Many numbers can be expressed as the difference of two perfect squares. What do you notice about the numbers you CANNOT make?
Great Granddad is very proud of his telegram from the Queen
congratulating him on his hundredth birthday and he has friends who
are even older than he is... When was he born?
List any 3 numbers. It is always possible to find a subset of
adjacent numbers that add up to a multiple of 3. Can you explain
why and prove it?
Can you use the diagram to prove the AM-GM inequality?
The sum of the numbers 4 and 1 [1/3] is the same as the product of 4 and 1 [1/3]; that is to say 4 + 1 [1/3] = 4 × 1 [1/3]. What other numbers have the sum equal to the product and can this be so for. . . .
Choose four consecutive whole numbers. Multiply the first and last numbers together. Multiply the middle pair together. What do you notice?
What is the ratio of the area of a square inscribed in a semicircle to the area of the square inscribed in the entire circle?
Sets of integers like 3, 4, 5 are called Pythagorean Triples, because they could be the lengths of the sides of a right-angled triangle. Can you find any more?
Can you find the area of a parallelogram defined by two vectors?
First of all, pick the number of times a week that you would like
to eat chocolate. Multiply this number by 2...
Imagine we have four bags containing a large number of 1s, 4s, 7s and 10s. What numbers can we make?
Some students have been working out the number of strands needed for different sizes of cable. Can you make sense of their solutions?
Jo has three numbers which she adds together in pairs. When she
does this she has three different totals: 11, 17 and 22 What are
the three numbers Jo had to start with?”
We can show that (x + 1)² = x² + 2x + 1 by considering
the area of an (x + 1) by (x + 1) square. Show in a similar way
that (x + 2)² = x² + 4x + 4
What size square corners should be cut from a square piece of paper to make a box with the largest possible volume?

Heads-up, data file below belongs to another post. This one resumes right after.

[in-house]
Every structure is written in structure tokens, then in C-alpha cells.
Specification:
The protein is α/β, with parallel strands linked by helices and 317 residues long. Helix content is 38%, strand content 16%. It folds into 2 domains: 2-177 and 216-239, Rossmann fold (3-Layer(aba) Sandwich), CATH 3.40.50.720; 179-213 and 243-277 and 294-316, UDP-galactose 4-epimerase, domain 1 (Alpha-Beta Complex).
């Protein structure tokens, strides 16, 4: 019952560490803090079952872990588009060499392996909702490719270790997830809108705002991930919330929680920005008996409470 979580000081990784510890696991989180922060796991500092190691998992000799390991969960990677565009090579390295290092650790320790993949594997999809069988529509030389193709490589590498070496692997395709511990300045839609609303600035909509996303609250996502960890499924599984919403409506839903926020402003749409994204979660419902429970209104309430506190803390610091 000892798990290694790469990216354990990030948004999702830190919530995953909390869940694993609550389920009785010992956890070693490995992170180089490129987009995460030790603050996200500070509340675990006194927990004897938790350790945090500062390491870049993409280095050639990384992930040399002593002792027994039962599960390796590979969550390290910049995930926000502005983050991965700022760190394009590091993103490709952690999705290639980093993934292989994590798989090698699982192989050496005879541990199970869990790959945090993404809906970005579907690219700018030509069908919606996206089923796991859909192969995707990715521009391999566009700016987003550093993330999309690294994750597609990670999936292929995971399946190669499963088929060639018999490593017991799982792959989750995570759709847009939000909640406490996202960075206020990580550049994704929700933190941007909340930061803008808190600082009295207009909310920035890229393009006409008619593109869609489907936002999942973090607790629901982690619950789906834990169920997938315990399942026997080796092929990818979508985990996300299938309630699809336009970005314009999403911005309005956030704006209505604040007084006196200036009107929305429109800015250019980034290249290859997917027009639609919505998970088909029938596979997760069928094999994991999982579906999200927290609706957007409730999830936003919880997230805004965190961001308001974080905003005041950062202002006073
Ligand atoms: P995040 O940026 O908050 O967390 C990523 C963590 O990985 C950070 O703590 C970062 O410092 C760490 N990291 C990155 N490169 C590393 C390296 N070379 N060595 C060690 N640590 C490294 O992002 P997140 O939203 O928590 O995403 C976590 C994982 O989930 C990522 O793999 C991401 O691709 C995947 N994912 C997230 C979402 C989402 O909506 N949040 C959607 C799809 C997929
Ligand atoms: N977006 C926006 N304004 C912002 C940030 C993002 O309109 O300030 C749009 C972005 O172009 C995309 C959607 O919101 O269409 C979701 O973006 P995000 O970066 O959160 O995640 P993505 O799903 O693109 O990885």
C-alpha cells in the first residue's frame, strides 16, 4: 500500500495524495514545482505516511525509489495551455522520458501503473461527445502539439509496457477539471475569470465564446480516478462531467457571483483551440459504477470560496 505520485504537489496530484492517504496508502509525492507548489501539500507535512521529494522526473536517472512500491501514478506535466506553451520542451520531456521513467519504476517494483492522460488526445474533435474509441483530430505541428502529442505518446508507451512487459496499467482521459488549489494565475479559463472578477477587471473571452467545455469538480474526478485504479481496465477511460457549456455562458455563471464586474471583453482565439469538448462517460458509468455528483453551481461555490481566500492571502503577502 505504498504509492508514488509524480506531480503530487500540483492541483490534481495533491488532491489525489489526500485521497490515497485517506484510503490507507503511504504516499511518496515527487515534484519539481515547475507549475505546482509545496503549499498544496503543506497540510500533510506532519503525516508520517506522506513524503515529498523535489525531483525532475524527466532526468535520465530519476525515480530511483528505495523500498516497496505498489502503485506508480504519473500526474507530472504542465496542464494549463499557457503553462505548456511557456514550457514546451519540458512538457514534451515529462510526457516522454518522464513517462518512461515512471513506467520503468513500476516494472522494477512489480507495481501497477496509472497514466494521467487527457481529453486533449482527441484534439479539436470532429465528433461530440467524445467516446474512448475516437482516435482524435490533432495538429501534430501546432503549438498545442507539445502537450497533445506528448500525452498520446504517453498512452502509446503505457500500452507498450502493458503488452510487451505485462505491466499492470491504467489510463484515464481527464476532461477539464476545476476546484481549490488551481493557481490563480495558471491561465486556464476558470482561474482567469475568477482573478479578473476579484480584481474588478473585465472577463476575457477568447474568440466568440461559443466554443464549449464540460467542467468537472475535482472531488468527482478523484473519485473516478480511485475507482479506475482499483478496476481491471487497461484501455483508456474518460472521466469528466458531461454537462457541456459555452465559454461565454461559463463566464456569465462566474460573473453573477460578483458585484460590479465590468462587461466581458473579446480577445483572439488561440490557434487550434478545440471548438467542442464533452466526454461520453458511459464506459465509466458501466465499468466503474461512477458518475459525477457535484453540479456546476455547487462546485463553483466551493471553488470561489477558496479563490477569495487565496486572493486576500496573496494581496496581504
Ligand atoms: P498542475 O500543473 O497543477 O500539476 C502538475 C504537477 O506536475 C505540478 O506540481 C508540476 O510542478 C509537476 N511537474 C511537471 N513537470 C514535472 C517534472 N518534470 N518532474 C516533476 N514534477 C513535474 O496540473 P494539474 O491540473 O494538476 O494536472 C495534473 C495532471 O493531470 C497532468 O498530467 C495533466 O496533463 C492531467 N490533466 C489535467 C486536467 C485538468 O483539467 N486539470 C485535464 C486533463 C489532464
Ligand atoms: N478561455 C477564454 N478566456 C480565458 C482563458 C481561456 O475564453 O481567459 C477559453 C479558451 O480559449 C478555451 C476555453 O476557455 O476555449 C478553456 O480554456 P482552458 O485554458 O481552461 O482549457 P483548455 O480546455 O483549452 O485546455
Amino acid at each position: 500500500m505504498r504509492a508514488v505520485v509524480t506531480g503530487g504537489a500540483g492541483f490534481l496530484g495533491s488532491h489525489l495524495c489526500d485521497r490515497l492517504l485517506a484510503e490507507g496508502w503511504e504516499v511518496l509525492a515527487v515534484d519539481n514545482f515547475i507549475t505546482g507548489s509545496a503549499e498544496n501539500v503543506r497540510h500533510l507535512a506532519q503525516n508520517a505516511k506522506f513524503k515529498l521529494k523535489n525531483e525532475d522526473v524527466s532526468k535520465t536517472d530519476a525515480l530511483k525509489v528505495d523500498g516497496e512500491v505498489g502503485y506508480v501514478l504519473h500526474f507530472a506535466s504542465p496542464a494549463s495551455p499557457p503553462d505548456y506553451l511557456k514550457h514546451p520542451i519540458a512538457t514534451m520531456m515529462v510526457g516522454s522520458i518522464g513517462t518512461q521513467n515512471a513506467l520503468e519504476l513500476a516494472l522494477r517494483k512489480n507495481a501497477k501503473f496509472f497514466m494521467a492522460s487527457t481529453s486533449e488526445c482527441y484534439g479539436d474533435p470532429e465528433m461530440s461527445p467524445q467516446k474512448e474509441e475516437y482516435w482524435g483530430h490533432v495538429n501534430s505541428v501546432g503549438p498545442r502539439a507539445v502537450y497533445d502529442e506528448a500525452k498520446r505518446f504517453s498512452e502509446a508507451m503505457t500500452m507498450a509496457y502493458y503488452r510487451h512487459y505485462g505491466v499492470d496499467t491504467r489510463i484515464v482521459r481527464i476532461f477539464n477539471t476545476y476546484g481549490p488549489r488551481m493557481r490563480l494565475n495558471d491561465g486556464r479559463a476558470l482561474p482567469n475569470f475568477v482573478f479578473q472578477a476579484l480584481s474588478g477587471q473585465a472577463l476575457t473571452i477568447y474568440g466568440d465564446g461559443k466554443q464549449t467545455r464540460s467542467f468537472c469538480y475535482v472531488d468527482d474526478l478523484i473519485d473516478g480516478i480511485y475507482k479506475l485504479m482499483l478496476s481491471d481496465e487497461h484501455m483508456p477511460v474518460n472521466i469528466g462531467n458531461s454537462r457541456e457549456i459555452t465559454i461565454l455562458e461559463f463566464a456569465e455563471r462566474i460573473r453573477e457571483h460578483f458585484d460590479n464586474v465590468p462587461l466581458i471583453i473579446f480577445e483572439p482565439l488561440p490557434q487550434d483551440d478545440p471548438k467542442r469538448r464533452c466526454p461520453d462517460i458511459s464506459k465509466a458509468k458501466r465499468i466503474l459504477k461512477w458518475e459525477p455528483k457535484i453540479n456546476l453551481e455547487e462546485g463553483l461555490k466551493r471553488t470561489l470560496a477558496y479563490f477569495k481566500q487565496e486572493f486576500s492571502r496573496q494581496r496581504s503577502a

Can all unit fractions be written as the sum of two unit fractions?
The Egyptians expressed all fractions as the sum of different unit
fractions. Here is a chance to explore how they could have written
Pick a square within a multiplication square and add the numbers on
each diagonal. What do you notice?
Imagine starting with one yellow cube and covering it all over with
a single layer of red cubes, and then covering that cube with a
layer of blue cubes. How many red and blue cubes would you need?
Caroline and James pick sets of five numbers. Charlie chooses three of them that add together to make a multiple of three. Can they stop him?
Can you tangle yourself up and reach any fraction?
It would be nice to have a strategy for disentangling any tangled
When number pyramids have a sequence on the bottom layer, some interesting patterns emerge...
Janine noticed, while studying some cube numbers, that if you take
three consecutive whole numbers and multiply them together and then
add the middle number of the three, you get the middle number. . . .
What is the volume of the solid formed by rotating this right
angled triangle about the hypotenuse?
Imagine we have four bags containing numbers from a sequence. What numbers can we make now?
Pick the number of times a week that you eat chocolate. This number must be more than one but less than ten.
Multiply this number by 2. Add 5 (for Sunday). Multiply by 50... Can you explain why it. . . .